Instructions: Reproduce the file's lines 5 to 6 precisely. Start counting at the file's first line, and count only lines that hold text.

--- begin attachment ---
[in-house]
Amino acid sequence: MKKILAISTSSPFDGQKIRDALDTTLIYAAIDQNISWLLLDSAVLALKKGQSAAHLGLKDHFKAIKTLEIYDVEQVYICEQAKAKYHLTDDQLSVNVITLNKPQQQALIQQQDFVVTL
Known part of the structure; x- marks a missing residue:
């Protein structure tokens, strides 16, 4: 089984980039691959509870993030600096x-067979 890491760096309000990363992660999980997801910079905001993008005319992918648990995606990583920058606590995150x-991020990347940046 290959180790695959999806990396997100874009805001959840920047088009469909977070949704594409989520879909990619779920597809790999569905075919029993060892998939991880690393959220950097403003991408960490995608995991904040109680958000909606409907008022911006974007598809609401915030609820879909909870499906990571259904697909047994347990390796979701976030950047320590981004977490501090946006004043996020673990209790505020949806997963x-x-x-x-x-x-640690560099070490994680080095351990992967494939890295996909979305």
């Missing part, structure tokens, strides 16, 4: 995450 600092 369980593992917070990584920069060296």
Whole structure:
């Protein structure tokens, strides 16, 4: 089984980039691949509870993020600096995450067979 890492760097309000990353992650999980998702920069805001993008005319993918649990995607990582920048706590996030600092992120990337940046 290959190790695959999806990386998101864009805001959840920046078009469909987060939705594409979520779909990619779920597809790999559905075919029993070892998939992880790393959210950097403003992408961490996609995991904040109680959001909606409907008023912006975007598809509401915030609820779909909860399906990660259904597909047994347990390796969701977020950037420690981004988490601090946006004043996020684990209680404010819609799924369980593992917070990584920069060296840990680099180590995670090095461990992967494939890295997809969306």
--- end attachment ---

């Missing part, structure tokens, strides 16, 4: 995450 600092 369980593992917070990584920069060296």
Whole structure: